Oil Slips on Growing Stockpile Worries as Equities Fall

Oil prices edged lower on Monday after data showing fresh builds at the delivery point for U.S. crude futures and lower Wall Street share prices offset bullish OPEC demand projections.

Crude futures have fallen about $4 a barrel over the past three sessions, partly on concerns that stockpiles of refined U.S. oil products like heating oil were also growing as refineries ramp up output as they emerge from maintenance season amid milder-than-usual weather.

Near record pumping of oil by Russia, Saudi Arabia and other big global producers has also weighed on the market.

On Monday, Brent crude futures were down 15 cents at $47.27 a barrel by 11:12 a.m. EST (1612 GMT).

U.S. crude slipped 35 cents to $43.94.

Data from market intelligence firm Genscape showed stockpiles at the Cushing, Oklahoma delivery point for U.S. crude futures rose by more than 1.8 million barrels between Oct 30 and Nov. 5, traders who saw the data said.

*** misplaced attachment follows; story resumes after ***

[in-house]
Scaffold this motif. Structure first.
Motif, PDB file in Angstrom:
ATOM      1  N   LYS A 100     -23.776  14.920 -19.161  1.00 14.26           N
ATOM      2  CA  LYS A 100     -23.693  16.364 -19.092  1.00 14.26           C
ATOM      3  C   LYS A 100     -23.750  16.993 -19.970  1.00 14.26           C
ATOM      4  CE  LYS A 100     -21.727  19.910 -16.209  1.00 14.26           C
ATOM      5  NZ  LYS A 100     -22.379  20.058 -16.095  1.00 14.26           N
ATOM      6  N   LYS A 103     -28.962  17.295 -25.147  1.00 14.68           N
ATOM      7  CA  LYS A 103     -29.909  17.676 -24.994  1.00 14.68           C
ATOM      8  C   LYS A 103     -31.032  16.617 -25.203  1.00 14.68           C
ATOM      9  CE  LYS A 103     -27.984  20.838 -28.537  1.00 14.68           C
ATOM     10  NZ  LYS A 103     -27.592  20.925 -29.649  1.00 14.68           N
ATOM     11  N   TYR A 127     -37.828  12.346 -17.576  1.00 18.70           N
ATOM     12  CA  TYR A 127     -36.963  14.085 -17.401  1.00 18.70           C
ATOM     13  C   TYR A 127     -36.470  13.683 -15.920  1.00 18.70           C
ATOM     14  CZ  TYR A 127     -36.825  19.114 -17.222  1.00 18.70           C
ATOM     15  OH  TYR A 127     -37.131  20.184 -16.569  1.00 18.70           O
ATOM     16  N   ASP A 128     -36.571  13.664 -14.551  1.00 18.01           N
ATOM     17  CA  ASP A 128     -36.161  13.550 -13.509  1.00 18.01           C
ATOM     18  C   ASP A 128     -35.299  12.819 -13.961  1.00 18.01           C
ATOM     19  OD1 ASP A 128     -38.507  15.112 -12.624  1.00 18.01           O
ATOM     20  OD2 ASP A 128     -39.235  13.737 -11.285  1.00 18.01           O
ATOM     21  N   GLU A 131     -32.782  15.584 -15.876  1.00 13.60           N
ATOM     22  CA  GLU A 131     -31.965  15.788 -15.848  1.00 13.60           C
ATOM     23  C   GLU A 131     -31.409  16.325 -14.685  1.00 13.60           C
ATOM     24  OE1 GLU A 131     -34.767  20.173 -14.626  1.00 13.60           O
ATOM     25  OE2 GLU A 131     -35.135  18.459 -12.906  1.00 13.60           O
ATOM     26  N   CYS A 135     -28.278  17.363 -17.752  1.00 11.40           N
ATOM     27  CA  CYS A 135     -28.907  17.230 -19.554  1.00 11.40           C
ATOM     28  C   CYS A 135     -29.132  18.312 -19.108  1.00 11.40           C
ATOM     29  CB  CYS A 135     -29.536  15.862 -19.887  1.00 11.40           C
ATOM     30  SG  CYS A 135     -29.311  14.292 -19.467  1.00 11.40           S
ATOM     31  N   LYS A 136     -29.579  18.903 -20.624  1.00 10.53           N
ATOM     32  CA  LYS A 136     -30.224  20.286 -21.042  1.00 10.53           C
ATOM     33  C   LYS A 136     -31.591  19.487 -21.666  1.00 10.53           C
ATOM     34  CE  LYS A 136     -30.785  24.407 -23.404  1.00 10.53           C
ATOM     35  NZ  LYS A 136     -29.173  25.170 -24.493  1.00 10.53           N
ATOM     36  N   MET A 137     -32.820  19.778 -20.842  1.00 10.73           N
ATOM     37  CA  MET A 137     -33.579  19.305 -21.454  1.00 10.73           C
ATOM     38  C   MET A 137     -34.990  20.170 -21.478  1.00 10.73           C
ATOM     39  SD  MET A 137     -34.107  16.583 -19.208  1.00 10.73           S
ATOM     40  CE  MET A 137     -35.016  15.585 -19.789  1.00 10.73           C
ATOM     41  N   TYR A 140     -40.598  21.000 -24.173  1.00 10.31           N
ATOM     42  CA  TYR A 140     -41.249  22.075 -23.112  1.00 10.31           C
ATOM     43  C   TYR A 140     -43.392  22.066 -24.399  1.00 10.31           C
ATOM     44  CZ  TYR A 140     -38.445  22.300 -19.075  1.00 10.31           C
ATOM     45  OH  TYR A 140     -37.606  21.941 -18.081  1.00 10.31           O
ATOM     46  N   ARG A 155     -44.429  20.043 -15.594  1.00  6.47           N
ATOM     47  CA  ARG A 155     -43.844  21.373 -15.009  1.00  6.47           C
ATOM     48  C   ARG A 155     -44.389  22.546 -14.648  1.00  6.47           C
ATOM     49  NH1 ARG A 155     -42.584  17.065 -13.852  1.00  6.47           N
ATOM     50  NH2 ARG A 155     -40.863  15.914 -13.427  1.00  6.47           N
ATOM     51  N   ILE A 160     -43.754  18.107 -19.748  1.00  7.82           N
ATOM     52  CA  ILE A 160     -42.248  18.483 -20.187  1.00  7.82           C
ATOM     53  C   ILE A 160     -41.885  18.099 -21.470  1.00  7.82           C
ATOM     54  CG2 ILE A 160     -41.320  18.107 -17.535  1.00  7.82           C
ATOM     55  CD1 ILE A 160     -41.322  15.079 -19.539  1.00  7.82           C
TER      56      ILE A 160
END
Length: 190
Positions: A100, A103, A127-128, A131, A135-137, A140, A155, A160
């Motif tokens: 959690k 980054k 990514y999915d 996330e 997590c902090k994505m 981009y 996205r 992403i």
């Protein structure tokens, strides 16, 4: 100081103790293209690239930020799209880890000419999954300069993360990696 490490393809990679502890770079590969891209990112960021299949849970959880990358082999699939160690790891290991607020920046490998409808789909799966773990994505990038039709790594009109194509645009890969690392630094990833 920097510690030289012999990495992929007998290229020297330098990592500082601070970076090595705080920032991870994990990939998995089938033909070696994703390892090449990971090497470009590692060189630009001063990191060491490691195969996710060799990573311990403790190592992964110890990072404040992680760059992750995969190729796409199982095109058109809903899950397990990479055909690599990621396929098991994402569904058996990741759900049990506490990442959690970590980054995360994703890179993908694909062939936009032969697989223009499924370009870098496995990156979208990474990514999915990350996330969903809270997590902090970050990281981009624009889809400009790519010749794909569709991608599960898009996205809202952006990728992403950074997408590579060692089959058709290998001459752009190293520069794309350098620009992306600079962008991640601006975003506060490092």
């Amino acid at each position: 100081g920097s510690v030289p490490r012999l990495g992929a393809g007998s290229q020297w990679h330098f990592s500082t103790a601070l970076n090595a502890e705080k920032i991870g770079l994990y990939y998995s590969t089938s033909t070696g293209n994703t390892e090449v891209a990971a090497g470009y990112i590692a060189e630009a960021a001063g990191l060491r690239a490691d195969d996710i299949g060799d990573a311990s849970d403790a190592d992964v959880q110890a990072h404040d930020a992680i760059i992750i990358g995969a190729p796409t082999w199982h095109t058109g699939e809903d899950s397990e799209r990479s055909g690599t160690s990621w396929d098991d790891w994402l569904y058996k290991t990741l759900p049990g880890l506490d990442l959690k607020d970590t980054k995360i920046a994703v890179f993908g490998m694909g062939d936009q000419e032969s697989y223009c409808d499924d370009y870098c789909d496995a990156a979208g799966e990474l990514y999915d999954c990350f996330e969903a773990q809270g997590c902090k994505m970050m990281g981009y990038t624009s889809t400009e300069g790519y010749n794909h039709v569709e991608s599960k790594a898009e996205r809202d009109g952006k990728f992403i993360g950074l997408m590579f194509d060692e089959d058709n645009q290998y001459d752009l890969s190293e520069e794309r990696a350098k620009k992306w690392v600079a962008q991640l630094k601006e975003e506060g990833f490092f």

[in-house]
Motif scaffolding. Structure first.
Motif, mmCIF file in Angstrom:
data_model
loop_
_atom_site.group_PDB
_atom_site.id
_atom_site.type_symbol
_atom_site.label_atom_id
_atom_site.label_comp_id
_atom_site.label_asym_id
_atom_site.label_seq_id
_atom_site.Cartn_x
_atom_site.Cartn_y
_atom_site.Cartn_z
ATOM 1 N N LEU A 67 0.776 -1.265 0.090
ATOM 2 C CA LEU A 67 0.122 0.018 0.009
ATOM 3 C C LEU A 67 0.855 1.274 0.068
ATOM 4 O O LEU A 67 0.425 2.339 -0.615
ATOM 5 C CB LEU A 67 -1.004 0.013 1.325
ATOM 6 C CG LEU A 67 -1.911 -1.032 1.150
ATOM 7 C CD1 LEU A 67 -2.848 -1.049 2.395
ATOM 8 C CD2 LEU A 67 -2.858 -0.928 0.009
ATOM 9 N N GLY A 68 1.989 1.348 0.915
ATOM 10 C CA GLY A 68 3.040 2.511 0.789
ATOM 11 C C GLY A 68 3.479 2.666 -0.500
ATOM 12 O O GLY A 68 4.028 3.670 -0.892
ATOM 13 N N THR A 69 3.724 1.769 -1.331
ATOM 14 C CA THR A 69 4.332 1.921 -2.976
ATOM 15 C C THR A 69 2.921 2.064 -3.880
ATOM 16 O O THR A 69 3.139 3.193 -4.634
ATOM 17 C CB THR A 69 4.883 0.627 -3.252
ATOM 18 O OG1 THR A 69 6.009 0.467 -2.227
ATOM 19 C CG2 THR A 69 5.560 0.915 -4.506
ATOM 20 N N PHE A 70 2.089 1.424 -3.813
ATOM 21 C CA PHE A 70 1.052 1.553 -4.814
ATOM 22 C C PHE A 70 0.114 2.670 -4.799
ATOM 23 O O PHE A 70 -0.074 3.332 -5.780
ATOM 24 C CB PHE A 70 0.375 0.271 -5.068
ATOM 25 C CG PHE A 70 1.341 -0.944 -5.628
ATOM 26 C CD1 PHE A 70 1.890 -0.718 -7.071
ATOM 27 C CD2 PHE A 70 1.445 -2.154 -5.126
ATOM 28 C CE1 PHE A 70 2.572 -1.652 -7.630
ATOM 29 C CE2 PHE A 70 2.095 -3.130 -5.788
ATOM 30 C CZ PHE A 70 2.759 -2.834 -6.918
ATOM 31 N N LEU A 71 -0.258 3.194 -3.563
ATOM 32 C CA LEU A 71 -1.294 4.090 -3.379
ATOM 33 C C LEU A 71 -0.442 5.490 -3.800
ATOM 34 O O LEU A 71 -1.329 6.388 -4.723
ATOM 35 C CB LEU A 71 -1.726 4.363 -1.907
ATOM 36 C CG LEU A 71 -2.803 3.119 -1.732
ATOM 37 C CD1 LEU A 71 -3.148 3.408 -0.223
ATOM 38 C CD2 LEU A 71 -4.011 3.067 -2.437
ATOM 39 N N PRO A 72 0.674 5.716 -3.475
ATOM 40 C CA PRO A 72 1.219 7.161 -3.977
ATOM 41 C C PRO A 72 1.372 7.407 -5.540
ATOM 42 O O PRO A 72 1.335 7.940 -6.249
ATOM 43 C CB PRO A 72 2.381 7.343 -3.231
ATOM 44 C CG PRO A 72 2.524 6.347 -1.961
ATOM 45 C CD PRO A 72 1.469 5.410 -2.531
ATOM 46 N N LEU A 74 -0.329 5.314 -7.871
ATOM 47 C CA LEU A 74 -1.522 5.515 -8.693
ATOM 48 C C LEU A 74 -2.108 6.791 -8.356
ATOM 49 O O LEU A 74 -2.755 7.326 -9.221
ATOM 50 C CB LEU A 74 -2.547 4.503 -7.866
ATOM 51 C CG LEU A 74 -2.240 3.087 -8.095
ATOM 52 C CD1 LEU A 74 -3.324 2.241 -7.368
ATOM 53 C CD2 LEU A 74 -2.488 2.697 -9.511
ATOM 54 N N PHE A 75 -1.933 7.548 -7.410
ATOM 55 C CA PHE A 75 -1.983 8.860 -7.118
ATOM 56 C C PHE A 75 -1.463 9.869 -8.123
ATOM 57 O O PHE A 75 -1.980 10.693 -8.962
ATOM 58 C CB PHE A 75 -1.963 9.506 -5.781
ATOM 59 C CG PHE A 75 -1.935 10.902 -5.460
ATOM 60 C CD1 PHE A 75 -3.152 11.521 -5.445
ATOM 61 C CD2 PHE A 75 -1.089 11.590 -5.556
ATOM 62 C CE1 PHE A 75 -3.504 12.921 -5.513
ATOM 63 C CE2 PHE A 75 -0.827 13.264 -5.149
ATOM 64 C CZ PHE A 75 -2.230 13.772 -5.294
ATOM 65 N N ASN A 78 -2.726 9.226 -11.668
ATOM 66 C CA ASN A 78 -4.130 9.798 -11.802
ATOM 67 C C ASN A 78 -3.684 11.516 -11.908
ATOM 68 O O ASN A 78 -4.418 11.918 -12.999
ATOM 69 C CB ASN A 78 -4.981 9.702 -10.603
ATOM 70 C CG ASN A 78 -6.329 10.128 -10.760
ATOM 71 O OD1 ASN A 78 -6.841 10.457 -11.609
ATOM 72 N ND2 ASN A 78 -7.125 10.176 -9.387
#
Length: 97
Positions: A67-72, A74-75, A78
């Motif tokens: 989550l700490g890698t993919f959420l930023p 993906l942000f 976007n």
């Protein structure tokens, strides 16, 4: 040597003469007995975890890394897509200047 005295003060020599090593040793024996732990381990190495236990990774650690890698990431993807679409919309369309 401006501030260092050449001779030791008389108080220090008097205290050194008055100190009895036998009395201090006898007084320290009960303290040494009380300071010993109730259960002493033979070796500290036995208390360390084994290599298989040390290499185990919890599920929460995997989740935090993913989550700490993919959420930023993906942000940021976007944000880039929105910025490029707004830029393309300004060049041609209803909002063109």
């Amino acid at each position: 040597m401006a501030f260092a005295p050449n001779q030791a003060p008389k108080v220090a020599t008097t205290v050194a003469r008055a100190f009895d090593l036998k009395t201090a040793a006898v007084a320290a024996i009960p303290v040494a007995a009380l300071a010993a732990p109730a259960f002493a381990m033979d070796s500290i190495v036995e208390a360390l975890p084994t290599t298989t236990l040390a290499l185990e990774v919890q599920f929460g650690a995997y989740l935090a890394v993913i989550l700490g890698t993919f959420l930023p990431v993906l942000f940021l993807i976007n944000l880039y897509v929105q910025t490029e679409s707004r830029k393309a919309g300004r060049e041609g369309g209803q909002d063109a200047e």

On Wall Street, the key U.S. stock gauge, the S&P 500 , was down 1 percent.

Oil prices were up earlier in the session after OPEC said it expected global demand to remain strong next year. Abdullah al-Badri, Secretary-General of the Organization of the Petroleum Exporting Countries, said he expects the oil market will become more balanced in 2016 as demand continues to grow.

(Additional reporting by Ron Bousso and Sarah McFarlane in London and Manolo Serapio Jr. in Manila; Editing by Marguerita Choy)